Big fish in a small pond
Someone who is important but only within a limited area of influence.
The converse phrase is of course 'small fish in a big pond'. The phrases are often used to convey the degree of ambition a person holds. There are fewer 'big fish' and they have kudos and power locally. Those with wider ambitions swim amongst the more numerous but relatively less influential 'small fish'. The implication behind labelling someone 'a big fish in a small pond' is that he/she is content to stay in that position whereas the 'small fish' have the chance to become 'big fish in a big pond'.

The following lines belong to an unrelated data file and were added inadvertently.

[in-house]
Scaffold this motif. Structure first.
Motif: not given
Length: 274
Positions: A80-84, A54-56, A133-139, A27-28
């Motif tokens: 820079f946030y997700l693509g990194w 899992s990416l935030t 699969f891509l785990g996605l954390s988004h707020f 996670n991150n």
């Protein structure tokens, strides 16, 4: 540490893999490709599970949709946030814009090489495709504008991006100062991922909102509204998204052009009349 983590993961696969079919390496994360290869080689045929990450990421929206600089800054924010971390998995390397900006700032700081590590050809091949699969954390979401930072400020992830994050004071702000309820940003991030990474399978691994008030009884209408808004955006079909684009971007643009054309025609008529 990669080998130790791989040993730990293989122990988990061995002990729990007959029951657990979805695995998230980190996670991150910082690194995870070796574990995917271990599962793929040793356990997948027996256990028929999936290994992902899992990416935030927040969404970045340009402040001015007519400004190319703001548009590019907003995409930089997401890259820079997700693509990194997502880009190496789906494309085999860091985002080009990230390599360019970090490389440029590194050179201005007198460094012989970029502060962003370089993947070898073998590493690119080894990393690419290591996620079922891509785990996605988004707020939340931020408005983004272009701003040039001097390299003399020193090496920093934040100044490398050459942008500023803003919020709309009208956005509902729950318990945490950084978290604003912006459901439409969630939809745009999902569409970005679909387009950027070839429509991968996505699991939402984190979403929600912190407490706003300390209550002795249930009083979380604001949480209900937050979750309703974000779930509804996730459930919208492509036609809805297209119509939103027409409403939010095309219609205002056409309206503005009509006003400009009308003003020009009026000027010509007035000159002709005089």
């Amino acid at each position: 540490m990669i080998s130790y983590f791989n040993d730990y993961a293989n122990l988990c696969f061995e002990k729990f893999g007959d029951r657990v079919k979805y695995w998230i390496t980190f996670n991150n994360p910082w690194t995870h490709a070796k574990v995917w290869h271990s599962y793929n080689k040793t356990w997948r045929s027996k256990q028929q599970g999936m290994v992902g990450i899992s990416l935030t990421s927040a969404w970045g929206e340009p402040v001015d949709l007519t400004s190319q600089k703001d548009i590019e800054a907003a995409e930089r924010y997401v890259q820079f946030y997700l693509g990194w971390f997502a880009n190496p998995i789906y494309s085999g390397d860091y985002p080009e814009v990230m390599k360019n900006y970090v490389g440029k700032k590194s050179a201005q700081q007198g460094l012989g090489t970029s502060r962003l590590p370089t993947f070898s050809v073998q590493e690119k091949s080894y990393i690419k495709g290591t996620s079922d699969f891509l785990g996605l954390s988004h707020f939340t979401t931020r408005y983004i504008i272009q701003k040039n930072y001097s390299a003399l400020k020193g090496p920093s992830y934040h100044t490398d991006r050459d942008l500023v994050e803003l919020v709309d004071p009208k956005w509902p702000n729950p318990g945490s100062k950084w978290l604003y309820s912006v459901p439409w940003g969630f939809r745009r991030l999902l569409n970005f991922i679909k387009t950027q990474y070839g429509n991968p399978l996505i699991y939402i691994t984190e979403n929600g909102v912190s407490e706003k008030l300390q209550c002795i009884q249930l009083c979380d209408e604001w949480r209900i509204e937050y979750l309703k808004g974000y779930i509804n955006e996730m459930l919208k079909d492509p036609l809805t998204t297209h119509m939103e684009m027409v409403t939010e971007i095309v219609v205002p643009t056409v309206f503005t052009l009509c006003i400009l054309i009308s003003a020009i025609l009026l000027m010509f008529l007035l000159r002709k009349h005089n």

The phrase is American and the earliest reference I can find to it is in The Galveston Daily News, June 1881:
"They [local vested interests in Galveston] are big fish in a small pond."
See other phrases that were coined in the USA.